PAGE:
Dixit Odyssey: Is a Picture Worth a Thousand Words?

Dixit Odyssey

Sometimes a game comes along that is so different, so breathtakingly beautiful, and so much fun that it just re-invents gaming.  Enter Dixit.

The original Dixit game was published in 2008, and won the prestigious Spiel des Jahres (the German Game of the Year) in 2010.  The premise of the game was beguilingly simple:  on each turn, a player takes the role of the Storyteller, and chooses one card from his hand.  Placing it face-down in the centre of the table, he says a word, or a phrase, or even makes a gesture, that he feels in some way conveys the meaning of, or symbolizes, the card.  The other players then choose a card from their hands that they feel could also be considered related to the Storyteller’s phrase, and place those cards face-down along with that of the Storyteller.  The cards are shuffled, then turned up one by one.  Finally, the players other than the Storyteller try to guess which card was that of the Storyteller.

How Would You Describe This Card?

It is the scoring that makes the game so elegant:  if the clue is too transparent and descriptive, and all the participating players choose the Storyteller’s card, then all except the Storyteller are awarded two points (the Storyteller gets zero).  The same thing applies if no-one guesses correctly — the Storyteller gets nothing, and the other players get two points apiece.   If only some are correct, then the Storyteller and the players who guessed correctly get three points each.  Each card which gains an incorrect guess gains one point for the card owner.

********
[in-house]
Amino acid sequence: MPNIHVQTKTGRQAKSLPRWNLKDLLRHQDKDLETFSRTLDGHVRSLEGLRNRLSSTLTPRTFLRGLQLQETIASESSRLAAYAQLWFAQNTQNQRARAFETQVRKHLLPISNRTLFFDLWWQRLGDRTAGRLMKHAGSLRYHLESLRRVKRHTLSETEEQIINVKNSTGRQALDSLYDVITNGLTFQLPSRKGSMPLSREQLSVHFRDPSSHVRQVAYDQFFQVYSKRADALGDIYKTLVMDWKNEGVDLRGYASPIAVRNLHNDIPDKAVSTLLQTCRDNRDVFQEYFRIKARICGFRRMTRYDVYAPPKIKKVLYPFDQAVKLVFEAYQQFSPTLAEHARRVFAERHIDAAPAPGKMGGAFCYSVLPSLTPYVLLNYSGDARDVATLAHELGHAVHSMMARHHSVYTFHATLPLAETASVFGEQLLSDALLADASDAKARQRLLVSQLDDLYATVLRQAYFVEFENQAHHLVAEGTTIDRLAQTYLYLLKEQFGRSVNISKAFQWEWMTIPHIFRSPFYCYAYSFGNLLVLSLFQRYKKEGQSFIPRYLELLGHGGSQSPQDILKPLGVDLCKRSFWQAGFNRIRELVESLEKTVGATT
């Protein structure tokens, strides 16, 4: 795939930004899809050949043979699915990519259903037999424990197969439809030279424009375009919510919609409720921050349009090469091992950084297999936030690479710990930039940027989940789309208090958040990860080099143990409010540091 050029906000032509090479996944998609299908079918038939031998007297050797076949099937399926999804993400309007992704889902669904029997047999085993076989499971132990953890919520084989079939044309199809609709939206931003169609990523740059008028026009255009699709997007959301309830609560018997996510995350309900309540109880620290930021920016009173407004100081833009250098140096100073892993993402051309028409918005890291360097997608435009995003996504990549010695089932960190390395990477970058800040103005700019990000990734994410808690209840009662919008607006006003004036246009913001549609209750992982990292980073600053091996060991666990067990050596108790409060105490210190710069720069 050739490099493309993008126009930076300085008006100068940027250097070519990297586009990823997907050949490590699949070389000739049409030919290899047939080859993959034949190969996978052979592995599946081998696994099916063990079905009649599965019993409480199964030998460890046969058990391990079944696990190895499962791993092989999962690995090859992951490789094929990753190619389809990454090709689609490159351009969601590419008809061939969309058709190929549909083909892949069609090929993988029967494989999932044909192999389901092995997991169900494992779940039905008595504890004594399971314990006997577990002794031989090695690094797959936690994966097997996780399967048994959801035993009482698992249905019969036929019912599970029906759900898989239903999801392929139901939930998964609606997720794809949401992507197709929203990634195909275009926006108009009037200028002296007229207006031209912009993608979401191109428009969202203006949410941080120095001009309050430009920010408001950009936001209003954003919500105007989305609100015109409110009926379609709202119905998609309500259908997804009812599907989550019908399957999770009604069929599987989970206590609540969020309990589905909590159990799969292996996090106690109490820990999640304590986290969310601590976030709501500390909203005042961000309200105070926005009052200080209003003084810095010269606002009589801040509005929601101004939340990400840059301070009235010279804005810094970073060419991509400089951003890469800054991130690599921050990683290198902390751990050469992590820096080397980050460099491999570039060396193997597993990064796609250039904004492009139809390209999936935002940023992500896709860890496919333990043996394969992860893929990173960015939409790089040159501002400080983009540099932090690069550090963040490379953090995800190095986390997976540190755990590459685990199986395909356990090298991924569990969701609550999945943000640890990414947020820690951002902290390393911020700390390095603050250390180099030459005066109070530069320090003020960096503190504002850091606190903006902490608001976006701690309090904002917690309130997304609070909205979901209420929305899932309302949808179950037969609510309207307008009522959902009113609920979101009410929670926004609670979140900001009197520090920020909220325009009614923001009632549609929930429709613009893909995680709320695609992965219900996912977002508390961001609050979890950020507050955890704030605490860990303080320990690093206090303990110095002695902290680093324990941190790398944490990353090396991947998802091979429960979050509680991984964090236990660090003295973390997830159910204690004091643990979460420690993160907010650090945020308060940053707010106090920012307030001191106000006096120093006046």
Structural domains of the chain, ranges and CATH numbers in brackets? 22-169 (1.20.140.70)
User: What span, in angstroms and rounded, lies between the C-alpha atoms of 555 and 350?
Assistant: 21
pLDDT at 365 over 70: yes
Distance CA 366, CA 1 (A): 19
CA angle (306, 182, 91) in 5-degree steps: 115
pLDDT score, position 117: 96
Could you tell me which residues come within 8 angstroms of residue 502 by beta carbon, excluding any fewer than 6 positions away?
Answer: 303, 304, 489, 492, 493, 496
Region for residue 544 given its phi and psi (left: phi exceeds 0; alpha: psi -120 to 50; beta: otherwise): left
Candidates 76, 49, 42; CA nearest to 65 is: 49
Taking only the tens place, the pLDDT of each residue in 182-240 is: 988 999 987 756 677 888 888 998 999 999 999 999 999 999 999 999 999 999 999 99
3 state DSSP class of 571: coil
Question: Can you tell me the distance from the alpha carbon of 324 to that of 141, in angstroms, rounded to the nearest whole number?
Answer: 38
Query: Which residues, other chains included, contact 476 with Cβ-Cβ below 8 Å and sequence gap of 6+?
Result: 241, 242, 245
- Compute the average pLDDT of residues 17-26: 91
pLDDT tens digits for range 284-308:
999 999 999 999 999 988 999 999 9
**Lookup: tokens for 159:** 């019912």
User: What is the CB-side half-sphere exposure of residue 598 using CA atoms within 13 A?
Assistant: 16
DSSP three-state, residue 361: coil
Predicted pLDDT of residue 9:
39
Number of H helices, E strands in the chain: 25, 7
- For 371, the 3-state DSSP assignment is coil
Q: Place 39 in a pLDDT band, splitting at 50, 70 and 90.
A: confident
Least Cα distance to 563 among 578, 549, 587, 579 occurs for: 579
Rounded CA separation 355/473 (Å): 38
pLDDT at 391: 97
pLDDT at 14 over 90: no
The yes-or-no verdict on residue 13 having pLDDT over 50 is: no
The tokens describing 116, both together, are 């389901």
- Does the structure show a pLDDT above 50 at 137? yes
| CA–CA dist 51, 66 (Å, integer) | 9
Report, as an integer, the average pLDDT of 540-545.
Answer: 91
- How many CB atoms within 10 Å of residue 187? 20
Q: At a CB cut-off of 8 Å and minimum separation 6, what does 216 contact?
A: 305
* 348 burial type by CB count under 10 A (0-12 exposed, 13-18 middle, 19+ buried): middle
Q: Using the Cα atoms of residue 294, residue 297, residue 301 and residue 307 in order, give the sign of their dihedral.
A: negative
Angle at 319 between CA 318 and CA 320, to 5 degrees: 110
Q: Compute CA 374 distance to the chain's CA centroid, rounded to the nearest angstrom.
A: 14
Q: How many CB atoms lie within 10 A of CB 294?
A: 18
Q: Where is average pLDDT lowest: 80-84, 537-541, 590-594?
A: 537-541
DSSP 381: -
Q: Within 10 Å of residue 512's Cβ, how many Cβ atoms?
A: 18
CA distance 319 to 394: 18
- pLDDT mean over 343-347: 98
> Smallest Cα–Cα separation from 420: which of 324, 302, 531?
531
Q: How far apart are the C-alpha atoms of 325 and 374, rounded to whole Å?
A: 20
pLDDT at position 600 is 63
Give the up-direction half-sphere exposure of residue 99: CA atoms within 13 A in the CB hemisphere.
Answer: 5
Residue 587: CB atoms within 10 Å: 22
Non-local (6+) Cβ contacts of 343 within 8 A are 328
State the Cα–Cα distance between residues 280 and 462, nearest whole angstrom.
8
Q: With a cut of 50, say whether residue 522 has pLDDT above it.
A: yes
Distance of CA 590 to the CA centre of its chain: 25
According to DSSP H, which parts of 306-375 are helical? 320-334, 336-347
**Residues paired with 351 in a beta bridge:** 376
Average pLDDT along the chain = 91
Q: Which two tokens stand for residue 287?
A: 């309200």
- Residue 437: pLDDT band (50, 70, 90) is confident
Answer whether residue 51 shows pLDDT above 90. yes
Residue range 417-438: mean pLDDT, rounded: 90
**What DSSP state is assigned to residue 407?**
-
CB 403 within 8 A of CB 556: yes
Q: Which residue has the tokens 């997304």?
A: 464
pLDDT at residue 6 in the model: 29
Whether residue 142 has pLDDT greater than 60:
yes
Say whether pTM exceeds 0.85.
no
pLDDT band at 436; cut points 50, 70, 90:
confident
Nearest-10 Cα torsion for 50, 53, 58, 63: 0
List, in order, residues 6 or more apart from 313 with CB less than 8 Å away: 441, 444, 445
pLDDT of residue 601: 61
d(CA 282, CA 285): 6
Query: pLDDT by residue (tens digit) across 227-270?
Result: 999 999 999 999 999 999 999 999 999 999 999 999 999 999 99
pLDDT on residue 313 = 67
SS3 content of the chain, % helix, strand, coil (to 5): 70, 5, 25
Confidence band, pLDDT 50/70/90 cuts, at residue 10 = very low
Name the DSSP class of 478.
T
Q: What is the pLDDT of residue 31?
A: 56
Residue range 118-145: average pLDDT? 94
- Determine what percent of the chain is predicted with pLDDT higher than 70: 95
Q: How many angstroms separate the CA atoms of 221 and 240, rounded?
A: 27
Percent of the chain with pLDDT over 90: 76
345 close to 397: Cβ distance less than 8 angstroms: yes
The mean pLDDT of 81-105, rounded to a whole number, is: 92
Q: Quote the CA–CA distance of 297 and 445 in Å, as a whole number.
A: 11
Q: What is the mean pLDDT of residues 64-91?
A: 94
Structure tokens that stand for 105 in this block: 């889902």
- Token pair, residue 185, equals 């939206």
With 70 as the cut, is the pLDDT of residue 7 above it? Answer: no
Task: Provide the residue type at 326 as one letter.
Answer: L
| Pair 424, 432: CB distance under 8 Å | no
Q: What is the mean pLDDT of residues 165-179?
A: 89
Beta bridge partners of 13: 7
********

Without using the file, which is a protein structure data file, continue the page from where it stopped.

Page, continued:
Dixit Odyssey, the newest version, can be played as an expansion to the original Dixit, allowing a total of 12 players to join in, or it may be played as a stand-alone game.  The 84 cards are beautifully illustrated so that they are at once dreamlike and evocative.  The cards are imaginative triggers, and each player can find a detail or facet on which to hang his clue, even after multiple games.  The game requires no reading skills and is language-independent, so that it may be played with children whose reading skills are still shaky, or with people who speak languages other than English (as long as they can understand one another, they can play).  And there is certainly strategy involved, as the better the players know one another, the more they can try to fake one another out or think of references that they are fairly sure that one person will not know.

Dixit Odyssey and the original Dixit are intriguingly different and hugely enjoyable.  Five stars.




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